Build a Community Cat

Outdoor Shelter

Providing outdoor shelter is an important part of TNR. After cats are sterilized, vaccinated and ear tipped their caretaker will continue to offer regular food, water and shelter to the colony.

Shelters come in many different shapes and sizes. They can easily be built using many materials you may already have and for very low cost. Follow our step-by-step guide and video tutorial to build your very own Outdoor Shelter for a Community Cat that you love.



<-- Download our step-by-step guide for Building a Community Cat Outdoor Shelter

Watch our step-by-step instructional video starring Sharon LaPenta.


Providing a purpose-built shelter for cats means they will not have to go looking in neighbors’ crawl spaces or porches for a warm, dry place to rest. It can keep them safe from the elements, and it will help you control their location and deter them from seeking shelter where they are not wanted. An insulated cat shelter may save your cats’ lives in the cold weather. Cats generally use shelters during winter months more than others, but they also provide shelter from rain and sun in warmer weather too.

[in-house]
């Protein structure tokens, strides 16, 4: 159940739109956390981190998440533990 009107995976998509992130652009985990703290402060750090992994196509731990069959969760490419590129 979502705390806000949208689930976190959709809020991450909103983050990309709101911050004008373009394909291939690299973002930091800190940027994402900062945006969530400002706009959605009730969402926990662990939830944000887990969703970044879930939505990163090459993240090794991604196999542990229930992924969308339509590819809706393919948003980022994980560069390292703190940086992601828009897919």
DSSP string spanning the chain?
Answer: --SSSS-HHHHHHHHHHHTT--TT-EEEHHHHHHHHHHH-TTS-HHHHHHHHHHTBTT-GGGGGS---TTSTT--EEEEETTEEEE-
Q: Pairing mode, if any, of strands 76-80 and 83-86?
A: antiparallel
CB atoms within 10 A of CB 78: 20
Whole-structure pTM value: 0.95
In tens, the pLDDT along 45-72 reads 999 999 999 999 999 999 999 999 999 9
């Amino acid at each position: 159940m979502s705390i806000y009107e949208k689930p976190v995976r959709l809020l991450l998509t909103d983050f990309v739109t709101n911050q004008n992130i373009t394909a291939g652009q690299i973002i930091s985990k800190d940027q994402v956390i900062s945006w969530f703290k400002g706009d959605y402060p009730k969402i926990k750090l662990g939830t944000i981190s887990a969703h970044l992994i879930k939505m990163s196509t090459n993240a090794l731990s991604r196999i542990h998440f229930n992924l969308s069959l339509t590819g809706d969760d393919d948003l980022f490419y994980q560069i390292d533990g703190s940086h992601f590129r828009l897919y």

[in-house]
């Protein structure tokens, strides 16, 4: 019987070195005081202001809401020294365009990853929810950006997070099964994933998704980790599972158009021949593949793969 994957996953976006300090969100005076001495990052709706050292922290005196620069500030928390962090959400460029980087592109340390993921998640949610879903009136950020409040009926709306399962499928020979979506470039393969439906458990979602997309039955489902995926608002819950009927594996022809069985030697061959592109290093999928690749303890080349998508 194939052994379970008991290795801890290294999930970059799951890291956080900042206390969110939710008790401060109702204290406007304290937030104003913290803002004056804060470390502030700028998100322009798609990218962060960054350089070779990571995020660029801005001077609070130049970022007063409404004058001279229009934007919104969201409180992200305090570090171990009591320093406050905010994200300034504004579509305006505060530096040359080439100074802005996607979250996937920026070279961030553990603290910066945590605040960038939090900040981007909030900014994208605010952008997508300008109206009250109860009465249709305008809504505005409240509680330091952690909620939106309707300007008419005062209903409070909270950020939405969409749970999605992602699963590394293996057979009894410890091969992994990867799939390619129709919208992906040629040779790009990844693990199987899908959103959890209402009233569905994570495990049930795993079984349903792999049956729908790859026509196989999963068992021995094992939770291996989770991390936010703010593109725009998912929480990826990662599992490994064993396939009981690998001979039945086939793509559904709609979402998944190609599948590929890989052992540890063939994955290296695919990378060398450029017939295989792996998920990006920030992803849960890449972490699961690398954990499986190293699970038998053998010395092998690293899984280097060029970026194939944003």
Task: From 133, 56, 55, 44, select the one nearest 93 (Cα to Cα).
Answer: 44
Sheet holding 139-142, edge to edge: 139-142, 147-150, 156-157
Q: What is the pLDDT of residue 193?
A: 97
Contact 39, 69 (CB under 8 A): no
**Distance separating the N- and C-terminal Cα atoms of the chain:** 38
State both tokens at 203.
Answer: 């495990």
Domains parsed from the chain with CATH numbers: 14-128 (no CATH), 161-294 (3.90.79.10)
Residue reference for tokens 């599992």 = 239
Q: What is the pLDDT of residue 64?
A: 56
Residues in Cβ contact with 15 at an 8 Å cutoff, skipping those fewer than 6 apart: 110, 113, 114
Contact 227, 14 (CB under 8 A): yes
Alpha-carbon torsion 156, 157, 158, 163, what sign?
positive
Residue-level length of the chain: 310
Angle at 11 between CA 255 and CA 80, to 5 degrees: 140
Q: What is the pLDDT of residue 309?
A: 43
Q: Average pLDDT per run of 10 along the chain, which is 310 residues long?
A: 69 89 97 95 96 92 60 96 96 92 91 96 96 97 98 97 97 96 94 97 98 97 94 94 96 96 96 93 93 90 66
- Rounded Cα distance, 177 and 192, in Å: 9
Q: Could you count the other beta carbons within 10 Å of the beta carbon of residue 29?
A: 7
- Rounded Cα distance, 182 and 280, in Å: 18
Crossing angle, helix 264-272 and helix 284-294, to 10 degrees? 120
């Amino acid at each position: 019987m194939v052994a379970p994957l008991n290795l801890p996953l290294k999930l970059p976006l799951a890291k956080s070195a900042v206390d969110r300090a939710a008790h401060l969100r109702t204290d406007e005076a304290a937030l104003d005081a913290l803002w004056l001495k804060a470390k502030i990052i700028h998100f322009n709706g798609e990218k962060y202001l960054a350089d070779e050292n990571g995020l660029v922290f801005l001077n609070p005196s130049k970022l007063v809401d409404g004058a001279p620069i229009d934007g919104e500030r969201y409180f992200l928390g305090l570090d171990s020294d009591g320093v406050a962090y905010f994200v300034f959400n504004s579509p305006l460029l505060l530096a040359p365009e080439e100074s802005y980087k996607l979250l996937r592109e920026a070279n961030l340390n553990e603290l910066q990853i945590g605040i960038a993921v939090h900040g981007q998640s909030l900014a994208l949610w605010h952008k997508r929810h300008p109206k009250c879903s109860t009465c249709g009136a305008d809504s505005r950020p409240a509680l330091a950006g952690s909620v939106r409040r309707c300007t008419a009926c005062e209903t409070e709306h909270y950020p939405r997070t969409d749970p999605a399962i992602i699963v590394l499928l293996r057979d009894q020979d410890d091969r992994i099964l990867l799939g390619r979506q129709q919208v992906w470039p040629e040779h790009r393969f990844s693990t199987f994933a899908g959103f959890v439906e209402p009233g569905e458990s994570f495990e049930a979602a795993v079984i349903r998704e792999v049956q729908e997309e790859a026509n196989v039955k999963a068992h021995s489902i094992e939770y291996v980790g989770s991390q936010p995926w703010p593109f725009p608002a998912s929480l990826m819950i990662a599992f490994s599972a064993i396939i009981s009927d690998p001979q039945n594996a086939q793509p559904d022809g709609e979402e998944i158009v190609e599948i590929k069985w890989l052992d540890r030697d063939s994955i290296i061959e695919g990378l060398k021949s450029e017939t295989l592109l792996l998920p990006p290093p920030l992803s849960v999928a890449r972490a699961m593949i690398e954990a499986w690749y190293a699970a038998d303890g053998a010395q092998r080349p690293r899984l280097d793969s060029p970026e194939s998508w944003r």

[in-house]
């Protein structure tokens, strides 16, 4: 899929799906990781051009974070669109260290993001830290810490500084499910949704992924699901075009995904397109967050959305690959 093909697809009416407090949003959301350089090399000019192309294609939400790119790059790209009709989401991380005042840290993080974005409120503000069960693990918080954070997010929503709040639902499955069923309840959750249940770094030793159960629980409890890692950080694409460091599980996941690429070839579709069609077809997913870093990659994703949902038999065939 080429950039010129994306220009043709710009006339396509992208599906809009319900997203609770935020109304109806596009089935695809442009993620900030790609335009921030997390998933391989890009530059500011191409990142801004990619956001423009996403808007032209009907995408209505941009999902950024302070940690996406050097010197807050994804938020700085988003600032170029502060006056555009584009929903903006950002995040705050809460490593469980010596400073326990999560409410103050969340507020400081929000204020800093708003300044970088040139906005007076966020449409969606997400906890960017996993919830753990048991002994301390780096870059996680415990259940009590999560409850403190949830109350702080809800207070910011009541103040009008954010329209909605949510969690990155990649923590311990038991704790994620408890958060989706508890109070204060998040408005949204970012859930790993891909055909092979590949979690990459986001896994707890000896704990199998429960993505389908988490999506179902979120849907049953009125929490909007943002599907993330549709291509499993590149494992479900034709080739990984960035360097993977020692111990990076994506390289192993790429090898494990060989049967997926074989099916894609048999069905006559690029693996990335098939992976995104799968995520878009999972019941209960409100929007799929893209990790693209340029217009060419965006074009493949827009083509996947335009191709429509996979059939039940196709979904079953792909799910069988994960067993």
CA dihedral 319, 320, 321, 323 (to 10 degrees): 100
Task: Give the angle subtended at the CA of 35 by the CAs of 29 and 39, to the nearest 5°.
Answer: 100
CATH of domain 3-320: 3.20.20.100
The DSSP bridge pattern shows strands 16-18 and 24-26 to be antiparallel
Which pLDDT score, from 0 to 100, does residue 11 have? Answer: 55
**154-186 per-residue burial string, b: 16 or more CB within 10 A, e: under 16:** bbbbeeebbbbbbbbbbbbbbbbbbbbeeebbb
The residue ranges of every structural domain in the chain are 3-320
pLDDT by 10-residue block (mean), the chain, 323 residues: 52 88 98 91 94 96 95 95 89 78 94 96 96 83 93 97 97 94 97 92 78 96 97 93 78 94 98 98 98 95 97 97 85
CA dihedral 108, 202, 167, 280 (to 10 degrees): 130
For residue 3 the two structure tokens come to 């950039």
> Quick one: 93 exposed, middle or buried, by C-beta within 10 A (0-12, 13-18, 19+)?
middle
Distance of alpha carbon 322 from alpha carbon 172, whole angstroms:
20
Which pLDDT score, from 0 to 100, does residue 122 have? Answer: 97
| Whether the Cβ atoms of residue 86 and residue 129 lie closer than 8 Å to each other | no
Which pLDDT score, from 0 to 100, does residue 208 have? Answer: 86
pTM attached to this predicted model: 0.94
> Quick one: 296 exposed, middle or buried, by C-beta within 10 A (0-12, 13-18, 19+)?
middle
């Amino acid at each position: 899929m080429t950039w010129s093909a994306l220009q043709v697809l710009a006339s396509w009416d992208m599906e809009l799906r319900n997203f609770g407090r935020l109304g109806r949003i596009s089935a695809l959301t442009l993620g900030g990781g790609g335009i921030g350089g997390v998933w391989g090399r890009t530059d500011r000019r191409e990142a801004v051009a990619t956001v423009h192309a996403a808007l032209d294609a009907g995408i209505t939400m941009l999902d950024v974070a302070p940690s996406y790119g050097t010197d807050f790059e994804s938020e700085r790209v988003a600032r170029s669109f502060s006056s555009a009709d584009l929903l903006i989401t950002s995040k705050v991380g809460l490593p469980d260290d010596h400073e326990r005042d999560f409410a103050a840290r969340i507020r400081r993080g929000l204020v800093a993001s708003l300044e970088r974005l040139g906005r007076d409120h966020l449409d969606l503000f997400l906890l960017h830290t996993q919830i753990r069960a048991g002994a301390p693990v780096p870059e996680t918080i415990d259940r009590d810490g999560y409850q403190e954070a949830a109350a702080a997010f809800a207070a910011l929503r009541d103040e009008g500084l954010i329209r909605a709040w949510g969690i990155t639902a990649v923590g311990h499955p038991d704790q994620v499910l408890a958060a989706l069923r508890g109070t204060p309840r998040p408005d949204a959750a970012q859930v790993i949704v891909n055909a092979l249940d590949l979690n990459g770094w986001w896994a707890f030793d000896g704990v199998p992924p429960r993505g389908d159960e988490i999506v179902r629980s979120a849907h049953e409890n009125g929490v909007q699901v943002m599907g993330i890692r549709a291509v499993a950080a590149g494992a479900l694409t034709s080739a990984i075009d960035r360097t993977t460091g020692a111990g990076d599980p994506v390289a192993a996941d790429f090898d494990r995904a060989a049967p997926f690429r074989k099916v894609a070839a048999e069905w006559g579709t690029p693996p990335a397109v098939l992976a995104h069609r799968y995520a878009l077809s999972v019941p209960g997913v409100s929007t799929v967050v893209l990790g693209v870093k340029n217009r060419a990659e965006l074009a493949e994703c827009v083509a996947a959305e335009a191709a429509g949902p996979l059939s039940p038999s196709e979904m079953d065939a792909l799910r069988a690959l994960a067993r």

It is important that the walls of the shelter are insulated to retain the cats’ body heat. One-to-two-inch-thick foam insulation is an effective material that is easy to find.


It is important that you put proper bedding inside. Straw is the best bedding; it repels moisture and provides insulation, making it ideal for keeping cats warm and comfortable all winter long. Be sure that you buy straw, which is bedding, and not hay, which is feed.


Blankets, pet beds and towels should never be used as bedding in an outdoor shelter — they do not insulate and can actually steal heat from the cats’ bodies. Blankets and similar items also retain moisture, freeze when wet and can become moldy.


Make sure the shelter stands firm on the ground and does not wobble. If needed, add wood shims or rocks underneath to make the shelter sit securely. The entrance of the shelter should be facing away from the prevailing winds. Placing shelters with the entrance facing a wall, fence, or other windbreak is a good idea. This strategy will also help protect the cats against possible intrusion by other neighborhood animals and give the cats an emergency evacuation route.

If there is a risk of tampering by humans, camouflage the shelter(s) as well as possible using paint and surrounding vegetation. A shelter that stands out from its surroundings could be mistaken for trash and could bring unwanted attention to the cats.